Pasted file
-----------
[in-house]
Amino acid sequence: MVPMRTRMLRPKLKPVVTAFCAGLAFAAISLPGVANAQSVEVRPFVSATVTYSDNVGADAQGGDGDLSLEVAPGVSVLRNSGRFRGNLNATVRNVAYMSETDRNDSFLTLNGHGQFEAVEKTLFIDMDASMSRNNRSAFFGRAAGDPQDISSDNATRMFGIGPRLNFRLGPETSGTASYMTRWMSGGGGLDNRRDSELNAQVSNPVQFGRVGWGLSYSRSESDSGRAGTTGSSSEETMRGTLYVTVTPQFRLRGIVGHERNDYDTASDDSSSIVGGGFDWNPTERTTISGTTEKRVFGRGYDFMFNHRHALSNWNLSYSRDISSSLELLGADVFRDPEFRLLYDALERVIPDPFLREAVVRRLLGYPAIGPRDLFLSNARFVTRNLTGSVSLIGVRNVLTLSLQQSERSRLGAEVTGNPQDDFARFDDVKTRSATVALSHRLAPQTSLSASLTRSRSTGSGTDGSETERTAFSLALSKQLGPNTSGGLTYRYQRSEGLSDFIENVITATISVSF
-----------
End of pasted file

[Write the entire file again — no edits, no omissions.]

[in-house]
Amino acid sequence: MVPMRTRMLRPKLKPVVTAFCAGLAFAAISLPGVANAQSVEVRPFVSATVTYSDNVGADAQGGDGDLSLEVAPGVSVLRNSGRFRGNLNATVRNVAYMSETDRNDSFLTLNGHGQFEAVEKTLFIDMDASMSRNNRSAFFGRAAGDPQDISSDNATRMFGIGPRLNFRLGPETSGTASYMTRWMSGGGGLDNRRDSELNAQVSNPVQFGRVGWGLSYSRSESDSGRAGTTGSSSEETMRGTLYVTVTPQFRLRGIVGHERNDYDTASDDSSSIVGGGFDWNPTERTTISGTTEKRVFGRGYDFMFNHRHALSNWNLSYSRDISSSLELLGADVFRDPEFRLLYDALERVIPDPFLREAVVRRLLGYPAIGPRDLFLSNARFVTRNLTGSVSLIGVRNVLTLSLQQSERSRLGAEVTGNPQDDFARFDDVKTRSATVALSHRLAPQTSLSASLTRSRSTGSGTDGSETERTAFSLALSKQLGPNTSGGLTYRYQRSEGLSDFIENVITATISVSF